Innovation is Key to Survival and Growth

By Prof. Enrique Soriano

One way to think about innovation is to explore the “sayings” offered by Dr. Spencer Johnson (1998) in his bestselling book “Who Moved My Cheese?” Please read the book and act on the sayings, especially the ones I’ve picked and listed below, as I believe they support the idea of innovation:

The Handwriting On the Wall

  • Change Happens. They keep moving the cheese.
  • Anticipate Change. Get ready for the cheese to move.
  • Monitor Change. Smell the cheese often so you know when it is getting old.
  • Adapt to change quickly. The quicker you let go of old cheese, the sooner you can enjoy new cheese.
  • Move with the cheese.
  • Enjoy Change. Savor the Adventure and enjoy the taste of new cheese.
  • Be ready to change quickly and enjoy it again. They keep moving the cheese
  • Move with the cheese and enjoy it.

Wikipedia defines Innovation as a change in the thought process for doing something, or the useful application of new inventions or discoveries. The goal of innovation is positive change–to make someone or something better. Innovation leading to increased productivity is the fundamental source of increasing wealth in an economy.

If we want to make people continually buy our products and services, we need to care about paying fair wages to our employees and the quality of the goods, supplies, materials, and equipment we sell. We also have to take into account the impact of our actions on the environment. We have to ask: Is it a sustainable enterprise? If not, how can we creatively make it so? What should we do to make a difference as a business?

We are challenged with redefining everything – our products, our processes, and our services—to be more aligned with sustaining life on our planet. Can we deliver fresh ideas? If yes, we are innovative and we can be assured of profit and success in our enterprise.

If the problem is how we measure success, why don’t we just change the way we measure it? We’ve all been brought up to accept the “fact” that we deal with our social issues in a nonprofit manner, and our financial concerns in a for-profit world. But once we change this mindset, the opportunities to combine both are tremendous. This is not a nonprofit advocacy. It is simply placing a third variable in the formula. In business, we make decisions based on price, quality, or speed. The third factor has something to do with innovation in terms of impact on the community. It makes it more interesting and complex.

For instance, in printing a book, do we consider the kind of print paper that we use? Does it contain 100% post-consumer fiber, is it certified eco-friendly, processed chlorine free and FSC recycled? For each tone used instead of virgin paper, how many trees did we save? How much pound of air emissions did we reduce? How much pounds of solid waste did we reduce? How many gallons of water did we reduce? As printers, do we work with paper mills that are environmentally responsible, that do not source fiber from endangered forests, and that are third party certified? Do we share good practices with other printers? Do we have waste prevention and recycling programs? The answers to these questions demand innovative ideas.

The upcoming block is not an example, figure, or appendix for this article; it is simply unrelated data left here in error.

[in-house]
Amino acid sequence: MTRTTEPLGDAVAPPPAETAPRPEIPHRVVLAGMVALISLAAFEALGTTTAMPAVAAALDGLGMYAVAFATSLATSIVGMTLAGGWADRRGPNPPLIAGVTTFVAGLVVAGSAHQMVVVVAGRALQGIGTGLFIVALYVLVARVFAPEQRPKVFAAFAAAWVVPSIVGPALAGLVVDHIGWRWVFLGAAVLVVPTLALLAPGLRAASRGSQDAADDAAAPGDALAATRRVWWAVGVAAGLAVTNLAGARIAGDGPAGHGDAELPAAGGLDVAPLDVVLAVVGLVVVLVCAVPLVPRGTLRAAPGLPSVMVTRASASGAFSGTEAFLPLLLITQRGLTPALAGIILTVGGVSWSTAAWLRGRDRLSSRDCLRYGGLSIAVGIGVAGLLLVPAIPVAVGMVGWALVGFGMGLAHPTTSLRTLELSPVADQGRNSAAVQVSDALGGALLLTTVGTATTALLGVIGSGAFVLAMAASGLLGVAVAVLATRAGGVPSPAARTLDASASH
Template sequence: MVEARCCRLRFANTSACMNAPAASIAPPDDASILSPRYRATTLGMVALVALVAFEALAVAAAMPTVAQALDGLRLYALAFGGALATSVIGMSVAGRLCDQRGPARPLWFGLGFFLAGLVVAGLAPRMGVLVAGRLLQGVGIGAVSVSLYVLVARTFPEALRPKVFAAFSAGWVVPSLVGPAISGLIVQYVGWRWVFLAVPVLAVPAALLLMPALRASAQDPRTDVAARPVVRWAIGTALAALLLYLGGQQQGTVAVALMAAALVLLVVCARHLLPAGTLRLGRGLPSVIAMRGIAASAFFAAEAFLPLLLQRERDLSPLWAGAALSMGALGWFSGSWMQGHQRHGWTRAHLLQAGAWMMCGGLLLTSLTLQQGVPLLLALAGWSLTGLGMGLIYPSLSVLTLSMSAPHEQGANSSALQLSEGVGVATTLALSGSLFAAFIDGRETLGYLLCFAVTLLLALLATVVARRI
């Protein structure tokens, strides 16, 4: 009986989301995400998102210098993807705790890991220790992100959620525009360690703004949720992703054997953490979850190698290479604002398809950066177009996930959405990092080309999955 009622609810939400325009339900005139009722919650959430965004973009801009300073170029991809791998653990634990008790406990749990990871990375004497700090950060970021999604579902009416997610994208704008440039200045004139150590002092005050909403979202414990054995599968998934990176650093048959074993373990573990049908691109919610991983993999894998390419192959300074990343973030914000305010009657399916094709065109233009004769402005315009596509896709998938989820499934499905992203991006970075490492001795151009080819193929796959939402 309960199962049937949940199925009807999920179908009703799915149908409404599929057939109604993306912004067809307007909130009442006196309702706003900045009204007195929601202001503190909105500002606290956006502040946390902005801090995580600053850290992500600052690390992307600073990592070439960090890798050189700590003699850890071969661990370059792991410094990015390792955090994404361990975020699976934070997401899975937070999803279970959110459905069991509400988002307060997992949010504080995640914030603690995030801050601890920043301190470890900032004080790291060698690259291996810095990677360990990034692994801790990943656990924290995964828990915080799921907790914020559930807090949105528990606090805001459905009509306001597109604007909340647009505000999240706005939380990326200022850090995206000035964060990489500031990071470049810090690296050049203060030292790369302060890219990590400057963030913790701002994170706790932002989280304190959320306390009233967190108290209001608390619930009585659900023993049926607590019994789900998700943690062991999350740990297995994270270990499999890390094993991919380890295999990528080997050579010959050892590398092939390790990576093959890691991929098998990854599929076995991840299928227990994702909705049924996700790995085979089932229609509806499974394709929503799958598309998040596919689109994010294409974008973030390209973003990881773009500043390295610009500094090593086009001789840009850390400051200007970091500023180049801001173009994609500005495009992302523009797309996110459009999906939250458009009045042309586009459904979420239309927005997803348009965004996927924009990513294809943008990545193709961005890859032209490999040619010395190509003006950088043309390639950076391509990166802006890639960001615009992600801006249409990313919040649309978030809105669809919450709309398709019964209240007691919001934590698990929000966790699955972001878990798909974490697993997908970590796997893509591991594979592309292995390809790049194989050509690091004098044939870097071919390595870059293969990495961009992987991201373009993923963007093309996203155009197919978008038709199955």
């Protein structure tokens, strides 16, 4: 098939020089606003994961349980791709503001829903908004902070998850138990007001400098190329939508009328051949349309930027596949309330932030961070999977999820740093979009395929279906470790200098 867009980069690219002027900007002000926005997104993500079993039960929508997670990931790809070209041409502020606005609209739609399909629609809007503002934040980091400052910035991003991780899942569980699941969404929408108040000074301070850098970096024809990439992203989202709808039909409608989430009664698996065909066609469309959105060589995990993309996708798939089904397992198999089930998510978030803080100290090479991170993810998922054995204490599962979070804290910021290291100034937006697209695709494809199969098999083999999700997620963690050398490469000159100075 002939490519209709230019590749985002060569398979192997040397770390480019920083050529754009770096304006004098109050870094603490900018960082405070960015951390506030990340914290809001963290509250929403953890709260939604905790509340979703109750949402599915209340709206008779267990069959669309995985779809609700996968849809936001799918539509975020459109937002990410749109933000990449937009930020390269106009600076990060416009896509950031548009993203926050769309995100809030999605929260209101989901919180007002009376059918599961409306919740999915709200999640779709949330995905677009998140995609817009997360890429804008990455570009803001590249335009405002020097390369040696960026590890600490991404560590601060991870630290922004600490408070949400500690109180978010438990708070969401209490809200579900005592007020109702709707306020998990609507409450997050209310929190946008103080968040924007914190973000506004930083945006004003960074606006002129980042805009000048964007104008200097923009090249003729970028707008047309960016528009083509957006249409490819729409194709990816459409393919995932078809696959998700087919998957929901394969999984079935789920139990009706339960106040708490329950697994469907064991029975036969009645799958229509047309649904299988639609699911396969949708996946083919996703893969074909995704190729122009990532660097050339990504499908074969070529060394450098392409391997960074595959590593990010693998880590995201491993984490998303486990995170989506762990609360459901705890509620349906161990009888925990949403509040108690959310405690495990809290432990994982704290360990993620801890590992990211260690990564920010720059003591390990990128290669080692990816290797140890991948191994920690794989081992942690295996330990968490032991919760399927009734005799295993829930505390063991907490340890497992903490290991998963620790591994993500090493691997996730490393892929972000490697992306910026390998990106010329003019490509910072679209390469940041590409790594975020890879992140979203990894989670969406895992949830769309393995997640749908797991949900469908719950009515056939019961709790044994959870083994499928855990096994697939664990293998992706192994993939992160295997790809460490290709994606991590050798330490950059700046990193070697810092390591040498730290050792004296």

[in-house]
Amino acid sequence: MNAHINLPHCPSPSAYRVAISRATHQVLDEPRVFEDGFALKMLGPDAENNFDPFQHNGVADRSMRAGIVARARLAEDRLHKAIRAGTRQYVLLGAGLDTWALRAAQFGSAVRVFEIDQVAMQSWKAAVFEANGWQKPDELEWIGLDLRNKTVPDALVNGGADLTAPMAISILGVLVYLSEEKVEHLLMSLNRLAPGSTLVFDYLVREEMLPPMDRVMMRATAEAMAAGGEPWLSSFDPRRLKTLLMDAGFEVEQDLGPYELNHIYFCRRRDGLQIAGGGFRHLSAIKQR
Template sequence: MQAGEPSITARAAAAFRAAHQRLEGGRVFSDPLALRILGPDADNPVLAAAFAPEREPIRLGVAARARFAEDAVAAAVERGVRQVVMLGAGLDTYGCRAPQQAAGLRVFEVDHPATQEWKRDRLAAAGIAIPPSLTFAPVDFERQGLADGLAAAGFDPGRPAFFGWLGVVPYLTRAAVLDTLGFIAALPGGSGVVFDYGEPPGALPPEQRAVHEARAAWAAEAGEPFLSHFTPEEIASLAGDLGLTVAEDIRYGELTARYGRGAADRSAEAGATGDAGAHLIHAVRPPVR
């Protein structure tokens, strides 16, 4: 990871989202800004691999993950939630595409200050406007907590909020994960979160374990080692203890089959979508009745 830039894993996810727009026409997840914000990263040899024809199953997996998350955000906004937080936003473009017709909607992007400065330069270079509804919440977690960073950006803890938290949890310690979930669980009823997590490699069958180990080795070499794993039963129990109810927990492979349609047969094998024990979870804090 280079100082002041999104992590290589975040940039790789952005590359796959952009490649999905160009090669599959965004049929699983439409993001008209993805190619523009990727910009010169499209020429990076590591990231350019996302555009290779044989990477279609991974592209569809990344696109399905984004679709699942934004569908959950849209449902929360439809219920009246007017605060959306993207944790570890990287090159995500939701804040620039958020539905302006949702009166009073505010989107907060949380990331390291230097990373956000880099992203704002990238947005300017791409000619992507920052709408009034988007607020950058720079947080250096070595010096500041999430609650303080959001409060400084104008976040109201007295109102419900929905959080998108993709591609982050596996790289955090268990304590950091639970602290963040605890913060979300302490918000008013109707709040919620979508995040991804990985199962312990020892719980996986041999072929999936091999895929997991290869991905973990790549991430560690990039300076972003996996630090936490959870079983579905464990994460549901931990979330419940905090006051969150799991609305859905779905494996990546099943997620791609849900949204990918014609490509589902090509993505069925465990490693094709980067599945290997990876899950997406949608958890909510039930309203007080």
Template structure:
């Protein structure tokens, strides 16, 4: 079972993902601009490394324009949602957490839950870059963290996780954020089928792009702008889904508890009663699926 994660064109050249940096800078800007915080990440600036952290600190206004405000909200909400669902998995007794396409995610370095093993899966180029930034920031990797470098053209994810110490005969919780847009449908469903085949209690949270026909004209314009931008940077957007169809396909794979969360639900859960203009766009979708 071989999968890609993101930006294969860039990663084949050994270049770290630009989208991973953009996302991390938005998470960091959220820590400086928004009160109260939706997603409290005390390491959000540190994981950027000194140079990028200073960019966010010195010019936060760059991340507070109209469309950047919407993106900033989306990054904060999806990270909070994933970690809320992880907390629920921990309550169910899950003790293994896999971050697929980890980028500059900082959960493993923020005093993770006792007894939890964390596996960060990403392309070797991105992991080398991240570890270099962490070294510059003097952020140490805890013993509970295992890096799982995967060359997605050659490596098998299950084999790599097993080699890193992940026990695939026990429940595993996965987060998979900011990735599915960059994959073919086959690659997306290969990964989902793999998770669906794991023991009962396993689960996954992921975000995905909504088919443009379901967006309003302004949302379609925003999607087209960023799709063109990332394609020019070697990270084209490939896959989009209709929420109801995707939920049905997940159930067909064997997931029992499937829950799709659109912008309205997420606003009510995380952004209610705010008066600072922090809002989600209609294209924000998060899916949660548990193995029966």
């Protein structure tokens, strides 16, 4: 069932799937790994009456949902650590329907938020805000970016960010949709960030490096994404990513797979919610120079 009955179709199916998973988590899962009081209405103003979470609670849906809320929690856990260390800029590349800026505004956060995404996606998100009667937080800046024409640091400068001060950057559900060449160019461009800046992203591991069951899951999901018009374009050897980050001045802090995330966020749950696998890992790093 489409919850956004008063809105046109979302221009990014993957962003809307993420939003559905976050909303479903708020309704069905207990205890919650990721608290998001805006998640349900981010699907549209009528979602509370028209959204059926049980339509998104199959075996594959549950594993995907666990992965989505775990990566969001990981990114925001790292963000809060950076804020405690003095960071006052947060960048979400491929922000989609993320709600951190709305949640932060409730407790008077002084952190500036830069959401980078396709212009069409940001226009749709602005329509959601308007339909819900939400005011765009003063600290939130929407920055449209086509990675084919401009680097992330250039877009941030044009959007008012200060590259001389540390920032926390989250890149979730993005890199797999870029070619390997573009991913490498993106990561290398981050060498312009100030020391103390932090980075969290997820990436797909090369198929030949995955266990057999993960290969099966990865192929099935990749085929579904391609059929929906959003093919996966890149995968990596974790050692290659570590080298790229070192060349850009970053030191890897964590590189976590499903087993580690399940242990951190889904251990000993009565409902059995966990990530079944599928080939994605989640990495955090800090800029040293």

Our goal is not only to innovate, but to have a good time doing it, and to make a difference. You can change the story by steadily replacing the outdated profit maximizing business culture with a triple-bottom-line business model. Is innovation difficult? Just think of Tolkien’s book, “The Lord of the Rings.” As Hunter Lovins puts it: “Two fun-loving, unassuming, scared little hobbits took on an awesome task. They didn’t know where they were going, but in the end, all the kings, warriors, and wizards stood by as the little people saved the world.”

Innovation is about ordinary people exhibiting innovation and extraordinary courage. All we have to do when we are scared to innovate is choose to redefine the pounding of our hearts as “inner applause.”




Prof Enrique Soriano is a World Bank/IFC Governance Consultant, Senior Advisor of Post and Powell Singapore and the Executive Director of Wong + Bernstein, a research and consulting firm in Asia that serves family businesses and family foundations. He was formerly Chair of the Marketing Cluster at the ATENEO Graduate School of Business in Manila, and is currently a visiting Senior Fellow of the IPMI International School, Jakarta. 

He is an associate member of the Singapore Institute of Directors (SID) and an advisor to business families worldwide, a sought after governance speaker at conferences, and book author, more than 200 articles and publications, including two best-selling Family Business books (Ensuring Your Family Business Legacy 2013 and 2015). You can read Prof Soriano’s business articles for free at